A BBC documentary exposing the ‘devastating effect on eco systems’ of meat production has been countered by the Sustainable Food Trust, which challenges the programme’s key position that consumers should cut meat consumption to protect the environment.
‘Meat, A Threat to Our Planet?’ was broadcast on 25 November, investigating the environmental impact of animals raised for meat consumption.
Speaking to What’s On TV, presenter and animal biologist Liz Bonnin said: “In the last 50 years the global cattle population has increased by 400 million, the number of pigs has doubled and the number of chickens has increased five-fold, and all to keep up with our meat-eating demands. This is having a devastating effect on our eco systems … the ever-increasing number of livestock is contributing to global warming.”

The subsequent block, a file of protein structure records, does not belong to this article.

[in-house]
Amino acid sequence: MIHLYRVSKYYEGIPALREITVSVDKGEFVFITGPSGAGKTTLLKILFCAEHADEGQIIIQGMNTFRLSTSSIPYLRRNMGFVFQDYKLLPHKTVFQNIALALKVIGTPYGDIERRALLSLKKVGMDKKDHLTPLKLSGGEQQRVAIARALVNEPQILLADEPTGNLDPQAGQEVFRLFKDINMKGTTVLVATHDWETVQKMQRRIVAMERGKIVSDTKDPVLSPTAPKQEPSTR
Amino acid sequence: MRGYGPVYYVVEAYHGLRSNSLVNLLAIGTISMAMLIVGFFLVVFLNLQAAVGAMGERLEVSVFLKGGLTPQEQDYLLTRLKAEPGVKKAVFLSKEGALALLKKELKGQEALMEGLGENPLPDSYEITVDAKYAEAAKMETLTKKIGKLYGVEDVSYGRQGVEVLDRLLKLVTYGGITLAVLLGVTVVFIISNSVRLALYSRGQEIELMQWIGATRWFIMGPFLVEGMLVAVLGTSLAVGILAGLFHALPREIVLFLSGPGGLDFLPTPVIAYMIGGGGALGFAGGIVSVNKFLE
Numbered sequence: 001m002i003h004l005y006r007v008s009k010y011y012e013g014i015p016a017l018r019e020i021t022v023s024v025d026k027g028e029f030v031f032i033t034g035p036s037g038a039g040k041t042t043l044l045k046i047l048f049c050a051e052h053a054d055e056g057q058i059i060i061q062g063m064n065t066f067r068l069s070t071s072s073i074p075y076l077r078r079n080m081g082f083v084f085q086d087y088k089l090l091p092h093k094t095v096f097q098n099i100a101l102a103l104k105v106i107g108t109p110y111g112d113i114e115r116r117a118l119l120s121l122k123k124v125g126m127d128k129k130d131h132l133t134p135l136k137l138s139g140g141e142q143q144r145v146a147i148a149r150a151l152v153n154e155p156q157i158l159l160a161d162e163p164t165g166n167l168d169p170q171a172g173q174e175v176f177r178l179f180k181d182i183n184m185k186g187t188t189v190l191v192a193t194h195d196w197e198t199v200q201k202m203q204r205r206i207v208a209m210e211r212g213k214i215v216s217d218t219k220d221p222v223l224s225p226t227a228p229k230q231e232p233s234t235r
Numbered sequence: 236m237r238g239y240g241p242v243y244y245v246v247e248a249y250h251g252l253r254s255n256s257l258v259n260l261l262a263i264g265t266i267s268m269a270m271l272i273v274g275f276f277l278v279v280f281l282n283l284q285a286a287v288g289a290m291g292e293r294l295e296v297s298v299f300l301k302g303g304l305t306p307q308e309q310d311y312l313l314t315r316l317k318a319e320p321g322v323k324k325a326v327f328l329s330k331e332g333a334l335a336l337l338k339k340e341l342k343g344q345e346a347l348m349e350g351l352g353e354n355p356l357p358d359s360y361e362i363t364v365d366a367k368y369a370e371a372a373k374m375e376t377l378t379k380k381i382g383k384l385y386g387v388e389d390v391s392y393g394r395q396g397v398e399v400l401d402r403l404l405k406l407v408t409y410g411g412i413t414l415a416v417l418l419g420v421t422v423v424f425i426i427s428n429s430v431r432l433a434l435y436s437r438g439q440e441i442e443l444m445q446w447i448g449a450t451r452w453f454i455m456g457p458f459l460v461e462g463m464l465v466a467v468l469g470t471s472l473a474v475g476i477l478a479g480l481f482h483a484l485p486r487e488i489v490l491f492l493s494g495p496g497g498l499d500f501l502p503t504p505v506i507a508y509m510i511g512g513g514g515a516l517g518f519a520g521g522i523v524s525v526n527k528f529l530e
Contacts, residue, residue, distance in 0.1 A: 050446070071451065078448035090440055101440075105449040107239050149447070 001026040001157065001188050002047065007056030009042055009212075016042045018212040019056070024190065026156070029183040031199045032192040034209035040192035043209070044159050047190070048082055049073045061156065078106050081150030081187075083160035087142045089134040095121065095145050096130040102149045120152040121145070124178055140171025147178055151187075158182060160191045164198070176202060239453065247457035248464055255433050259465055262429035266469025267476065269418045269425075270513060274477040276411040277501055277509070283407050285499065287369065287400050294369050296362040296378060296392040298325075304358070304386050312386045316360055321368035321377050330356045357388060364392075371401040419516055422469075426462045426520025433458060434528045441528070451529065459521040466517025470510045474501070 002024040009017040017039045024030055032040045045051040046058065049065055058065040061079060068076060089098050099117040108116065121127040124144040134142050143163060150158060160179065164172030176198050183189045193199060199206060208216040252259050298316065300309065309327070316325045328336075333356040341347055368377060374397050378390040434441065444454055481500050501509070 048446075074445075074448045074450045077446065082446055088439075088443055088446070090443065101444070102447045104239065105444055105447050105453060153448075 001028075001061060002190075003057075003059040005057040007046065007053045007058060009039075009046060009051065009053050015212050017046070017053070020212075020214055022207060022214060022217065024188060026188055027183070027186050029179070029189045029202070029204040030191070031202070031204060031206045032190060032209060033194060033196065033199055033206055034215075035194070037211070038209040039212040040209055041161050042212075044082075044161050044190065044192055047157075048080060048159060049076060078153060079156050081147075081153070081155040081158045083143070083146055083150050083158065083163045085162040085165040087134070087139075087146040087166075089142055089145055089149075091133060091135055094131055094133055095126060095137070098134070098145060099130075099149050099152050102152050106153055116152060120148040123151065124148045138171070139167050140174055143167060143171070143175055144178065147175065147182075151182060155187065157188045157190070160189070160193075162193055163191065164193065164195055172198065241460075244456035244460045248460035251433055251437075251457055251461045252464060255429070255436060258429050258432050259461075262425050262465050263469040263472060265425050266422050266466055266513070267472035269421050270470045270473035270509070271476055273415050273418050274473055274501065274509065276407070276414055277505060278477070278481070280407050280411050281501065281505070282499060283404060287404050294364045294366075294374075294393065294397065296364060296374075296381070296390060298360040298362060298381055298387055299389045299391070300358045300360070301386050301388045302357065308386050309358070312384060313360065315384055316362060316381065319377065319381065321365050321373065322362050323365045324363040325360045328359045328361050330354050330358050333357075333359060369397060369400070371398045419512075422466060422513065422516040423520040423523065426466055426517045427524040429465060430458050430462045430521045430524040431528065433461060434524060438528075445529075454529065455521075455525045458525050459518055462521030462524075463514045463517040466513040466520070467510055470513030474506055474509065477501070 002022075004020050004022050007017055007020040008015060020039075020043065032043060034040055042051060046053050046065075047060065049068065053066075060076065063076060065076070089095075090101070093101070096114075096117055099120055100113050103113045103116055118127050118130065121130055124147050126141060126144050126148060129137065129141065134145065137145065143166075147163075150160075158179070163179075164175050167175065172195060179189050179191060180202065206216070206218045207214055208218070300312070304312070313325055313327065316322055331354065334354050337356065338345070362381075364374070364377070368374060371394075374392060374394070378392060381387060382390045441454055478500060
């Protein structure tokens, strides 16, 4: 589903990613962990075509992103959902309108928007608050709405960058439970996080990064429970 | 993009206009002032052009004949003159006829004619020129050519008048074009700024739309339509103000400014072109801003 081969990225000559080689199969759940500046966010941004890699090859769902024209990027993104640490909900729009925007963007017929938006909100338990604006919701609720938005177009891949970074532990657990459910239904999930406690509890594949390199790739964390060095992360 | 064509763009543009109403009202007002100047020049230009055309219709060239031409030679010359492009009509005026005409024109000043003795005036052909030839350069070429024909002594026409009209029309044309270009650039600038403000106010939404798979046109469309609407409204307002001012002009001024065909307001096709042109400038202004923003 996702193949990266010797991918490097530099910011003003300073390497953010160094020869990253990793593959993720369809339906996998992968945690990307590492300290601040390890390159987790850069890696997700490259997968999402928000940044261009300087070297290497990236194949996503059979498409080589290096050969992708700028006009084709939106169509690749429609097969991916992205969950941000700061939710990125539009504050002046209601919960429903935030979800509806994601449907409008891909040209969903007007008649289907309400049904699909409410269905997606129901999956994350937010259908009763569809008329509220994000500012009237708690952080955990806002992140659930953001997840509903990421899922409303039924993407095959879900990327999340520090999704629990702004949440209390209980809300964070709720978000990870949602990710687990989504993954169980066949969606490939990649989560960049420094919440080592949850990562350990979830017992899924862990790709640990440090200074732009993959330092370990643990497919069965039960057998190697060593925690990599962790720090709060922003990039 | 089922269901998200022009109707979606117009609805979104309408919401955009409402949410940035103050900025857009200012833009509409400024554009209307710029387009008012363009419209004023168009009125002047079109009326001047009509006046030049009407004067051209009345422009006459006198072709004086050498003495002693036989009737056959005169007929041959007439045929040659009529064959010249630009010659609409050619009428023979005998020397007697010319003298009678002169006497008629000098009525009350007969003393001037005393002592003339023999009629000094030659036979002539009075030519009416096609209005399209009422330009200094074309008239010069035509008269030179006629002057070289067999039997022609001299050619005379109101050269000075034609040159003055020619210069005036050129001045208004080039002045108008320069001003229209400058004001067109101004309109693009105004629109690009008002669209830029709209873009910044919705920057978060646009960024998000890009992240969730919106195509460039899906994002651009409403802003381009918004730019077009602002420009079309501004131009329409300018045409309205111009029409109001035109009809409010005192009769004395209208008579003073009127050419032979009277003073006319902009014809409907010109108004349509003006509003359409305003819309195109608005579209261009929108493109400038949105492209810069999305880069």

But since the programme aired, Patrick Holden, CEO of the Sustainable Food Trust (SFT), has called for differentiation ‘between the livestock systems and meats that are part of the problem, and those that are part of the solution’.
“There is no doubt that grain fed, intensively farmed livestock … are hugely damaging to the environment and public health, and for this reason should be phased out entirely,” he says.
Sustainable agriculture, Holden believes, represents one of the most ‘significant opportunities to mitigate irreversible climate change, primarily through the regeneration of our soils’. Grazing ruminant animals, he says, play a critically important role in replenishing soil fertility and rebuilding carbon stocks.
“We must move away from the prominent models of intensive, often monoculture systems which rely heavily on chemical inputs, towards more regenerative, mixed farming models.
“Whilst we must all be striving to eat more plants, just as importantly as scrutinizing where our animal products come from, we must also question the provenance and wider impact of the plants we eat. Are, for example, imported soy or palm oil products, or highly processed meat alternatives, better than eating something we can produce in a sustainable way on our doorstep?”